Lastly, you can’t just flip a switch. A fare cost-recovery of only about 25 percent (currently) will likely mean slow(er) going.

          • mattlogan

            “you have a way of broaching several issues very vaguely. I suspect partially it depends on which studies one is reading”

            You can go right the the FHWA and look up the research on economic benefits of highway expansion. the general trend since 1970 has been negative, with the main research showing a drop below the return of leaving the money in the private sector as of 2005:

            http://research.upjohn.org/cgi/viewcontent.cgi?article=1118&context=reports

            “Mamuneas addresses the question of the contribution of highways to the national economy by estimating the value placed on highways by consumers and producers. He finds that from 1949 through 2005, the net rate of return of highways averages 28.7 percent. He compares this rate with the return on private capital (as reflected in interest rate on the 10-year U.S. Treasury security) averaged over the same time period. Finding that the net rate of return on highways (28.7 percent) is higher than the average long-term interest rate (6.2 percent), he concludes that highways make a contribution to the economy and the country has been underinvested in highway capital stock until recently when the net rate of return fell below the interest rate. ”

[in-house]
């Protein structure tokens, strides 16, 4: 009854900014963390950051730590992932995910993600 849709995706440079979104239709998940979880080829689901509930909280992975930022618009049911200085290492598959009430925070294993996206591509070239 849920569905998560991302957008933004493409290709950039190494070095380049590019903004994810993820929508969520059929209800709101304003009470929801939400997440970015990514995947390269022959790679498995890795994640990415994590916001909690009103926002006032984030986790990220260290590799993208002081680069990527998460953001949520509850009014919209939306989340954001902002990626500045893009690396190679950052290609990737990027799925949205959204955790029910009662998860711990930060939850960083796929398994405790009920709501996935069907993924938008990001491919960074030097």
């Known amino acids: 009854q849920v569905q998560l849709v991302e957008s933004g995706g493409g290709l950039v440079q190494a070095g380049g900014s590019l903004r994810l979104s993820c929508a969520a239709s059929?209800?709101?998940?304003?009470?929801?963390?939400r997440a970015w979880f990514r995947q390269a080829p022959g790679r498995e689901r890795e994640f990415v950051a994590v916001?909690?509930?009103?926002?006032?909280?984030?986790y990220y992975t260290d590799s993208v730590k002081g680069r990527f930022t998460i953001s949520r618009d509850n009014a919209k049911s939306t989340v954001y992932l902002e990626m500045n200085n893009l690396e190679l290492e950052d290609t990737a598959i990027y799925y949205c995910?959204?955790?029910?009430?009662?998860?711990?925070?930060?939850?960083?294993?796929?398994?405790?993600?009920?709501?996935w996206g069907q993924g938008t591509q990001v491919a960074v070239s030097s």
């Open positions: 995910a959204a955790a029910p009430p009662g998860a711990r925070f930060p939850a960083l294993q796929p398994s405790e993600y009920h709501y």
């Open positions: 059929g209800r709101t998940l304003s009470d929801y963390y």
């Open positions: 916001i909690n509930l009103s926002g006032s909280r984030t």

There is indeed a difference of opinion depending on which study you read – but the studies that tend to show a benefit (like from the US chamber of commerce) do not account for growth that comes at the expense of a transfer for another part of the economy – they simply count the growth and fail to measure the expense.